08.2018     Printed Matter, Inc. about COMMON SENSE IS A HUNGRY BITCH:

“Common Sense is a Hungry Bitch collects an array of collage work by Chantal Rens, striking and uncanny interventions that challenge what you’re seeing. The warm and weathered quality of the images from mid-century vernacular source material lull the viewer into a certain comfort, the nostalgic tint of Life magazine or a family photo album torn and pasted into jarring contortions of people, animals, and scenery that are swapped amongst themselves, irrevocably mixed-up. Surrounding the collage images are carefully juxtaposed spot colors that enhance this familiar yet uncomfortable tone and bring you deeper into spreads where each image begs a double-take.”



02.2016     Gabriela Cendoya-Bergareche on my new book  ‘YOU RUN AROUND TOWN LIKE A FOOL AND YOU THINK THAT IT’S GROOVY’. Read it here and check out her website all about photobooks. Thank you / grasias Gabriela!


Chantal Rens has a healthy appetite for invention. In a manner reminiscent of Hanna Hoch, the sole female member of the Berlin DADA movement, she reuses, arranges, cuts, tears and piles her pictures on top of one another. This results in collages that are illusive, funny, obscene, mysterious, playful and cool. All at the same time. Not only do the images exceed the original meaning, they turn it 180 degrees. The main force of these distortions? Our vague recollection of the indivisible remainder. As with any masquerade, the frustration is in the visual obstruction. We are left with a blind spot but what we get in return is a sublime substitution. A good deal, after all. — Erik Vroons. GUP magazine. publication GUP #26 the vernacular issue. 10/2010. portfolio online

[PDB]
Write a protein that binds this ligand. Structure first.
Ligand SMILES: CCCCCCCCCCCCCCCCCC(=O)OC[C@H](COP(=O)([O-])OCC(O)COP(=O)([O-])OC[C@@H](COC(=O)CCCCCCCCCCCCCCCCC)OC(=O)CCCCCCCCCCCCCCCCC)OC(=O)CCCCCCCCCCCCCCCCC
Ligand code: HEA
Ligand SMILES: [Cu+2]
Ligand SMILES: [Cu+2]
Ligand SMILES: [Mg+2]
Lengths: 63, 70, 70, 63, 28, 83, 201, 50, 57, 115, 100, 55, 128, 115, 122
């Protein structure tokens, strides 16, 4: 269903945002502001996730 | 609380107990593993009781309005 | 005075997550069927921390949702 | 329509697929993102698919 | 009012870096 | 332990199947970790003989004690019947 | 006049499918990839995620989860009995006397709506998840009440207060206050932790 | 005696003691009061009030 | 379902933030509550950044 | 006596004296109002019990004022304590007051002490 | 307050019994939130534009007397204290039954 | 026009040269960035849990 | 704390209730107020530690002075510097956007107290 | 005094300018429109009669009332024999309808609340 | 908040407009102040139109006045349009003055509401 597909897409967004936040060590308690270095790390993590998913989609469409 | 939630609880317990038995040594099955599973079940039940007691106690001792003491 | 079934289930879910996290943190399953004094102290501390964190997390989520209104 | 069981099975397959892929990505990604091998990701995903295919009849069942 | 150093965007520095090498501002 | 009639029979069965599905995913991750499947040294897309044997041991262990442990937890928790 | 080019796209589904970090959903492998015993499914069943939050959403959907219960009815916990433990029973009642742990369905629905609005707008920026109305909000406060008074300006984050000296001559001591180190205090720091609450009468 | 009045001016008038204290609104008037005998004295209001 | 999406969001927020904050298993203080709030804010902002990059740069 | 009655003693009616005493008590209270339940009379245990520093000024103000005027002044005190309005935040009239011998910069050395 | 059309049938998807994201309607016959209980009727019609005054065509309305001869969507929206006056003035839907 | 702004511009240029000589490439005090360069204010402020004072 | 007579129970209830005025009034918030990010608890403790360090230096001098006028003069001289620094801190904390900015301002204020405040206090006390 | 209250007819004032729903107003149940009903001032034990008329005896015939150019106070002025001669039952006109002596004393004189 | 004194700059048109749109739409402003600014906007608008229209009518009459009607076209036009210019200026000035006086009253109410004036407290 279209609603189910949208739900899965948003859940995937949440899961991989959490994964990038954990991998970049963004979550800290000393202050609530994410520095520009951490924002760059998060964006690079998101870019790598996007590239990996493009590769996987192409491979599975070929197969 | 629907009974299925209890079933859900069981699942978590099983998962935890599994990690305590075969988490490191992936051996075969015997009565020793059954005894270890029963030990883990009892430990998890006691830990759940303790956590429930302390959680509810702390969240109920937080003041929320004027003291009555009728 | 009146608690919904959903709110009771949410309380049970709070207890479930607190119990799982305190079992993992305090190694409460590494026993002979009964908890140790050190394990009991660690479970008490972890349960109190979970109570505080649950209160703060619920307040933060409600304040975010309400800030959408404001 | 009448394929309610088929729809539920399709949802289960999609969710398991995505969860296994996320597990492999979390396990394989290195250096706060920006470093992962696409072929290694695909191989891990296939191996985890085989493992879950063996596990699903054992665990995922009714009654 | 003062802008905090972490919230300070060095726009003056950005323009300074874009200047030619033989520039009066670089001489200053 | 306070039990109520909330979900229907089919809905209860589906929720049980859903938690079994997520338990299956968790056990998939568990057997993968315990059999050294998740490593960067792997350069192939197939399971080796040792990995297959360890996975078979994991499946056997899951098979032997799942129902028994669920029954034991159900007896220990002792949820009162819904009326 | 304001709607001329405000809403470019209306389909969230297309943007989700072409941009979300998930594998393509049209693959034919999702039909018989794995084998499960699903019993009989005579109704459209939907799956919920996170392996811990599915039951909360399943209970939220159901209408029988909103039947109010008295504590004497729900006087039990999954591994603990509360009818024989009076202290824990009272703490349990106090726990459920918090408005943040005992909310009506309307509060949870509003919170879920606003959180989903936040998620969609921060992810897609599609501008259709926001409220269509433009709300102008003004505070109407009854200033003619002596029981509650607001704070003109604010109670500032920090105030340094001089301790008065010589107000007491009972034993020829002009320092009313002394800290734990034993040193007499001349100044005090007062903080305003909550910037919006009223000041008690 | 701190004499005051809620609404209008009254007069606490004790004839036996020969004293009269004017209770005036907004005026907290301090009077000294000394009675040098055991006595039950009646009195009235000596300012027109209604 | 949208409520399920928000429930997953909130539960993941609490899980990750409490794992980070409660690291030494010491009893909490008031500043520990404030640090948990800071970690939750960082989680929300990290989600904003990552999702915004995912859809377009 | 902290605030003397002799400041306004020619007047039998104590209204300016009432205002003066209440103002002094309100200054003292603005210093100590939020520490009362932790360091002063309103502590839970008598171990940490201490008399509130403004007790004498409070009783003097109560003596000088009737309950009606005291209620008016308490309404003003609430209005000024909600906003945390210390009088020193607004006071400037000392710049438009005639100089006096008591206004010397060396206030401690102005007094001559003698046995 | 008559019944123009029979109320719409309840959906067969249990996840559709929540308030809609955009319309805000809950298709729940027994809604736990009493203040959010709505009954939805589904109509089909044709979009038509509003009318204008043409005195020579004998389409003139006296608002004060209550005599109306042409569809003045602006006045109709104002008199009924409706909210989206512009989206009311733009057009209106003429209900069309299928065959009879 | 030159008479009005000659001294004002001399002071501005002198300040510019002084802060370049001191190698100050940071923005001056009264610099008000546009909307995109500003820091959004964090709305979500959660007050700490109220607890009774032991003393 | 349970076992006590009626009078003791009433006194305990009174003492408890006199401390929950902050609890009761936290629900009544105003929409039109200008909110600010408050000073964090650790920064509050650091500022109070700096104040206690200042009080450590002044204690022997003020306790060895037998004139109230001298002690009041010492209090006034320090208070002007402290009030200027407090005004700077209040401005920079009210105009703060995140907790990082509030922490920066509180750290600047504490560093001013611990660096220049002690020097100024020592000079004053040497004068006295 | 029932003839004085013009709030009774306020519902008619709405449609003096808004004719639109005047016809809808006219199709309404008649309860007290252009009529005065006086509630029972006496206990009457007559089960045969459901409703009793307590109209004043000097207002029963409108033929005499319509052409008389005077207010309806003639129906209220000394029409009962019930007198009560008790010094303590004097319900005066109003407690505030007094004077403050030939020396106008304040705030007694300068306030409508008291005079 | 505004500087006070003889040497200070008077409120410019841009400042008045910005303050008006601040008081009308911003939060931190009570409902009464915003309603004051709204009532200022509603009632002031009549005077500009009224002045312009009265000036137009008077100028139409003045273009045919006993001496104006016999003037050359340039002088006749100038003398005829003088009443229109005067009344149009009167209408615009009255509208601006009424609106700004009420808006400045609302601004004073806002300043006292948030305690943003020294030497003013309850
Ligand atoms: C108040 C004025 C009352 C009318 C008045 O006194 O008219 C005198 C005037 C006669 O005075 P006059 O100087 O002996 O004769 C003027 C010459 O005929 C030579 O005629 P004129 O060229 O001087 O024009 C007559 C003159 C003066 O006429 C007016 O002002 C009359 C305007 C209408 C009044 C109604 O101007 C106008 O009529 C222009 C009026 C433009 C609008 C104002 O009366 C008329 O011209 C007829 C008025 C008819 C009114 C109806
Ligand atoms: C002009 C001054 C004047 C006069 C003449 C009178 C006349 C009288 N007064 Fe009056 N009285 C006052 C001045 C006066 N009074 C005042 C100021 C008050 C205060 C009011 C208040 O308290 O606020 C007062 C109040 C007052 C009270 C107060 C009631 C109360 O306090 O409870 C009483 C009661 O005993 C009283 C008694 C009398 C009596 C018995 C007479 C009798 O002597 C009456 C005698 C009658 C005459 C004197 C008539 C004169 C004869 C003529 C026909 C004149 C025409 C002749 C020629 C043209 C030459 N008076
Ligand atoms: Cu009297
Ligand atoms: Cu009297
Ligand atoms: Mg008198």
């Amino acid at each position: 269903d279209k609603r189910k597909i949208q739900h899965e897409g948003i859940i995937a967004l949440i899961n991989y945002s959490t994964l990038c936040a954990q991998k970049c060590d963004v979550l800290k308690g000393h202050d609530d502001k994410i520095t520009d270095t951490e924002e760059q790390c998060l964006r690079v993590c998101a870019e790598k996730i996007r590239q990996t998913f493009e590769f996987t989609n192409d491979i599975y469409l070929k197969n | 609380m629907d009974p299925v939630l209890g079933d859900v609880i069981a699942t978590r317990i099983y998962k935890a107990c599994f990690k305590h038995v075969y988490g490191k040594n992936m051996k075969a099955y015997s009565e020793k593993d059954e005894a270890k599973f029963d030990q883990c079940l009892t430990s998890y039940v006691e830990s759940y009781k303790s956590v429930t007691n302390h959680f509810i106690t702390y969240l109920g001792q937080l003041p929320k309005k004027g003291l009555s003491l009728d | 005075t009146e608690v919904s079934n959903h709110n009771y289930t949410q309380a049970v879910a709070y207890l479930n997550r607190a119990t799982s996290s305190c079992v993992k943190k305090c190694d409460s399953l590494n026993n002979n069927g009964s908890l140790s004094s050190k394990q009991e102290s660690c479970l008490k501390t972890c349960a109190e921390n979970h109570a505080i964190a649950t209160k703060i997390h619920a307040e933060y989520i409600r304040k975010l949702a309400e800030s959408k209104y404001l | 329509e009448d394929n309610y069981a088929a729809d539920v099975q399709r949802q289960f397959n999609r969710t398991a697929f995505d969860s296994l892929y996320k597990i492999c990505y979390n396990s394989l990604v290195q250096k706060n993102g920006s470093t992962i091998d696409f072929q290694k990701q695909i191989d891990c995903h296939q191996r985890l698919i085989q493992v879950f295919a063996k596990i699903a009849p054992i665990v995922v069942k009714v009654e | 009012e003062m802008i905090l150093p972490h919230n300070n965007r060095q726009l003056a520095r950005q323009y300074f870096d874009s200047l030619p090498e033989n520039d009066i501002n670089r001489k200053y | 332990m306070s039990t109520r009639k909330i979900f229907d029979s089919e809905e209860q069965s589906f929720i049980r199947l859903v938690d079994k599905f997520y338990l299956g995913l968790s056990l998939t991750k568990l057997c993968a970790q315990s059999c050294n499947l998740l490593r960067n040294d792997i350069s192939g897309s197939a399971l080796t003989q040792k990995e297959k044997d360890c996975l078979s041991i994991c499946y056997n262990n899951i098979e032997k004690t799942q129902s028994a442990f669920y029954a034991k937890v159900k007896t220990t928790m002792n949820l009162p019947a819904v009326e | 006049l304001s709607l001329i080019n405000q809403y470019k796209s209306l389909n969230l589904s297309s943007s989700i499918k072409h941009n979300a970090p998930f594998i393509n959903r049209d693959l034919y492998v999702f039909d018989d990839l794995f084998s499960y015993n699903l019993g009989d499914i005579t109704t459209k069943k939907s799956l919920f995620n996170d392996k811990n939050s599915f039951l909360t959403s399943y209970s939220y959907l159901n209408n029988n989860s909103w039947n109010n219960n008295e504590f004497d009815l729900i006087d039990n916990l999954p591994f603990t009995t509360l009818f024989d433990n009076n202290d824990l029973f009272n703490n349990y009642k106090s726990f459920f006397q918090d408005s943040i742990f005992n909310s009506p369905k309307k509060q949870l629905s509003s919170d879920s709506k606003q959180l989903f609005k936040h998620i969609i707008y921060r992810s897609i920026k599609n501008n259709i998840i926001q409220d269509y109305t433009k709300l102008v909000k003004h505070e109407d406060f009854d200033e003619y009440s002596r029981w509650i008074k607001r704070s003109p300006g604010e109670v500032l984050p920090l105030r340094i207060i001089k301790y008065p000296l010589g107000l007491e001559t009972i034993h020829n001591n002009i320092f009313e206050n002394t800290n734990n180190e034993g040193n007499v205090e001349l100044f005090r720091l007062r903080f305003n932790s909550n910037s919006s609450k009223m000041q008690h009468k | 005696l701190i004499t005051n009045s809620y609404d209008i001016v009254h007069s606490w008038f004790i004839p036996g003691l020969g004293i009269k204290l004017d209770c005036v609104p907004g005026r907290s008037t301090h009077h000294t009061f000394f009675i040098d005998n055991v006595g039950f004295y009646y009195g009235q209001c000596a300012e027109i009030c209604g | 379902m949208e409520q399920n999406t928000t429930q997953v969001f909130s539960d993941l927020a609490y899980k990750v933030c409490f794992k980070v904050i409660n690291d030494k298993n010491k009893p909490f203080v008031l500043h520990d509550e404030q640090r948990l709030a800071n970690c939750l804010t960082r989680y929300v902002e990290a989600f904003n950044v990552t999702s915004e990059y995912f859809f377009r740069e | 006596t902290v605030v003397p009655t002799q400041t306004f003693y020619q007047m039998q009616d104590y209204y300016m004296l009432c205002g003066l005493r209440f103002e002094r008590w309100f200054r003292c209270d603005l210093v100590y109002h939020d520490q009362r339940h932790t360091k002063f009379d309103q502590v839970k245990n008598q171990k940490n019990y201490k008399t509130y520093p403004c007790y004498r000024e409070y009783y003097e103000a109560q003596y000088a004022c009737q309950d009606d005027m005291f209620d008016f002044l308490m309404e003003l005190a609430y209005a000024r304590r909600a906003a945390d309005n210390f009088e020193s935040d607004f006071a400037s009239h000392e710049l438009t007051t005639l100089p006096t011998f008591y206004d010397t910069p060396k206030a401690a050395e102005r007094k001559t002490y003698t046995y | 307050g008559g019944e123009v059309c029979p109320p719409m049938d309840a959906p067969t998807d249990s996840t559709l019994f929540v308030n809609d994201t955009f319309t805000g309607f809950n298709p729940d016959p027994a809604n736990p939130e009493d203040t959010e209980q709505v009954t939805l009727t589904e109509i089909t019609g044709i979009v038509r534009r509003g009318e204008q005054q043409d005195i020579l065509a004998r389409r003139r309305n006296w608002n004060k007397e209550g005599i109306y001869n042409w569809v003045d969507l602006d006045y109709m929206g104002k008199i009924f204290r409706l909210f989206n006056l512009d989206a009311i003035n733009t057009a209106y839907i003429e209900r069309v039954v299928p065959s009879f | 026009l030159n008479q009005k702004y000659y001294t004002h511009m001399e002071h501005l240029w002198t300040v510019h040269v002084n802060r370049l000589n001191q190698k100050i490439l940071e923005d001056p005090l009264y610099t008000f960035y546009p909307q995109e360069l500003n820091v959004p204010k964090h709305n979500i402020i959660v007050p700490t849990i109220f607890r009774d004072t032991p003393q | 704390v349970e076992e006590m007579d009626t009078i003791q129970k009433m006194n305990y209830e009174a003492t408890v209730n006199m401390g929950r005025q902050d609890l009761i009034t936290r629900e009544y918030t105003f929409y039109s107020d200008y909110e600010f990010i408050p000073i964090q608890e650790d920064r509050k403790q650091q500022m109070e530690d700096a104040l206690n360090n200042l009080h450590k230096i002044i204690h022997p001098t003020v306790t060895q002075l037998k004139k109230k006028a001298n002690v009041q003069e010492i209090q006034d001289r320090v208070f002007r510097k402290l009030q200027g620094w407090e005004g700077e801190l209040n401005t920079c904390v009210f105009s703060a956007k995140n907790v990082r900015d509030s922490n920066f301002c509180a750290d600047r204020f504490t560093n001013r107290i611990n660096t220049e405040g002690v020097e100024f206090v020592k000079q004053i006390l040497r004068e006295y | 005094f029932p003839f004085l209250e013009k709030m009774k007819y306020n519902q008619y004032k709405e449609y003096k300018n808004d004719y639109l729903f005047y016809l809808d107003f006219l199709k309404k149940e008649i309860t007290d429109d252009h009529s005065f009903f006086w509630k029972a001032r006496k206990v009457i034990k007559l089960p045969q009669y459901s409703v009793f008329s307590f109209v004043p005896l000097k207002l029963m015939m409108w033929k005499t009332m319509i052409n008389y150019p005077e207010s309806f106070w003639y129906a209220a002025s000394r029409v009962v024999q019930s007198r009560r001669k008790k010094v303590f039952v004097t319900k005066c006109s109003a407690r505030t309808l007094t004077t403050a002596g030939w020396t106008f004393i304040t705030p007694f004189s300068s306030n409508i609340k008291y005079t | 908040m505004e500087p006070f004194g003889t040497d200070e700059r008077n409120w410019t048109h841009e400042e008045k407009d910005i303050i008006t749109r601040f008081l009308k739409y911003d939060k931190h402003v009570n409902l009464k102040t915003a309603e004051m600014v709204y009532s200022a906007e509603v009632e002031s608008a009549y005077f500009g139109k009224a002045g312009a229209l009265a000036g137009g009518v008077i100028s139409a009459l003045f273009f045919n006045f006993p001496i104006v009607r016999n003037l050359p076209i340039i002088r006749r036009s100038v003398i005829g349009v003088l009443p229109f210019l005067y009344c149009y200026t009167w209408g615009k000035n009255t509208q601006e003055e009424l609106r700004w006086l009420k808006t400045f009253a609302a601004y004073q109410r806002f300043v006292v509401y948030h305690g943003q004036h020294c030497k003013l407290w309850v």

There is a chain of simple similarities that link the works of Chantal Rens (NL), Marjolijn de Wit (NL) and May Snevoll von Krogh (NO) presently on show in the charming Luycks Gallery in Tilburg. De Wit, like Rens, makes collages; Snevoll von Krogh, like De Wit, uses ceramics and Rens, like Snevoll von Krogh, blows substantial holes in an innocent and ideal world that never existed in the first place. Put this way, it may sound as if De Wit has less to say than her colleagues but this is not the case. Her work is equally challenging – it is just less emotionally disturbing.

( … )

The collages of Chantal Rens are made from modest materials: cut-outs from old magazines and unassuming second-hand frames that provide a multi-facetted window on a seriously twisted universe. A few simple gestures, two images combine, and nothing is the same ever again. Suggesting a world where anything is possible, Rens sets a clear-cut limit to the material she uses: there is hardly an image that does not date back at least fifty years. She leaves little room for nostalgia: the distance in time mainly functions as a reminder that nothing was ever perfect and it never will be.

Featuring most prominently in Rens’s work are people: couples, women alone, children (mostly girls) alone, a family photo; never a man alone. Nearly all faces have been cut out or covered. In several works replacing women’s faces and bodies by food makes them appear as dull or delicious meals – their bodies and minds serving only to nurture others. Two ugly baby parrots with wide open beaks are joined by an isolated human mouth. In the one image where a woman is shown free and independent, posing next to a Volkswagen Beetle along a road winding through the Alps, a big red blob falling from the sky is about to crush her and her car.